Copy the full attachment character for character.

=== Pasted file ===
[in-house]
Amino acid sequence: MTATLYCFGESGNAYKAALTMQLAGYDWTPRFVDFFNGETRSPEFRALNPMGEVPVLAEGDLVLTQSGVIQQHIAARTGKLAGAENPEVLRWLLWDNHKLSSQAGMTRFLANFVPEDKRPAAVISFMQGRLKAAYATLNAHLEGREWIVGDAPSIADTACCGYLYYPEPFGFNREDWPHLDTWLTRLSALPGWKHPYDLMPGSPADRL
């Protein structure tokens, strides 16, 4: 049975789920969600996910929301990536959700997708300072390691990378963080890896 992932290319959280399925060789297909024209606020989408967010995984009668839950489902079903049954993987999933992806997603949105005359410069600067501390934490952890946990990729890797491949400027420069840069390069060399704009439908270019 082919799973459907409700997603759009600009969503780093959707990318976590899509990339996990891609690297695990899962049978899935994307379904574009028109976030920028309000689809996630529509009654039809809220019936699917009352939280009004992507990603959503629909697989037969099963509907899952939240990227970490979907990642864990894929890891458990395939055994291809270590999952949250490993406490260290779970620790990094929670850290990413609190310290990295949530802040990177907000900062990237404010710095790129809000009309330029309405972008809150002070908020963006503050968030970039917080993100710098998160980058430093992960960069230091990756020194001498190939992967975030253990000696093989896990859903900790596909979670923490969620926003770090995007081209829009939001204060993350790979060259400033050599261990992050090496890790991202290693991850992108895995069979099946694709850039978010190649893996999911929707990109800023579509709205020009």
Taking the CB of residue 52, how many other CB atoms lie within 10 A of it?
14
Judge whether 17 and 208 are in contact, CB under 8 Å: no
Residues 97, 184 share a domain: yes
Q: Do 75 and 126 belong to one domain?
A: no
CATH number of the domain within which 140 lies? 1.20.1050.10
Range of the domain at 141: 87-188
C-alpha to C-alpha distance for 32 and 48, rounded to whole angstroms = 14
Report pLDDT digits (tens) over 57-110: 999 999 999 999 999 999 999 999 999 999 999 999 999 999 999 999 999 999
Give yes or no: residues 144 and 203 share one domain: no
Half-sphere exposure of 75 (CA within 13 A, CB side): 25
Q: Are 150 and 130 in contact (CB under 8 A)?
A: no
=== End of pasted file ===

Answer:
[in-house]
Amino acid sequence: MTATLYCFGESGNAYKAALTMQLAGYDWTPRFVDFFNGETRSPEFRALNPMGEVPVLAEGDLVLTQSGVIQQHIAARTGKLAGAENPEVLRWLLWDNHKLSSQAGMTRFLANFVPEDKRPAAVISFMQGRLKAAYATLNAHLEGREWIVGDAPSIADTACCGYLYYPEPFGFNREDWPHLDTWLTRLSALPGWKHPYDLMPGSPADRL
């Protein structure tokens, strides 16, 4: 049975789920969600996910929301990536959700997708300072390691990378963080890896 992932290319959280399925060789297909024209606020989408967010995984009668839950489902079903049954993987999933992806997603949105005359410069600067501390934490952890946990990729890797491949400027420069840069390069060399704009439908270019 082919799973459907409700997603759009600009969503780093959707990318976590899509990339996990891609690297695990899962049978899935994307379904574009028109976030920028309000689809996630529509009654039809809220019936699917009352939280009004992507990603959503629909697989037969099963509907899952939240990227970490979907990642864990894929890891458990395939055994291809270590999952949250490993406490260290779970620790990094929670850290990413609190310290990295949530802040990177907000900062990237404010710095790129809000009309330029309405972008809150002070908020963006503050968030970039917080993100710098998160980058430093992960960069230091990756020194001498190939992967975030253990000696093989896990859903900790596909979670923490969620926003770090995007081209829009939001204060993350790979060259400033050599261990992050090496890790991202290693991850992108895995069979099946694709850039978010190649893996999911929707990109800023579509709205020009």
Taking the CB of residue 52, how many other CB atoms lie within 10 A of it?
14
Judge whether 17 and 208 are in contact, CB under 8 Å: no
Residues 97, 184 share a domain: yes
Q: Do 75 and 126 belong to one domain?
A: no
CATH number of the domain within which 140 lies? 1.20.1050.10
Range of the domain at 141: 87-188
C-alpha to C-alpha distance for 32 and 48, rounded to whole angstroms = 14
Report pLDDT digits (tens) over 57-110: 999 999 999 999 999 999 999 999 999 999 999 999 999 999 999 999 999 999
Give yes or no: residues 144 and 203 share one domain: no
Half-sphere exposure of 75 (CA within 13 A, CB side): 25
Q: Are 150 and 130 in contact (CB under 8 A)?
A: no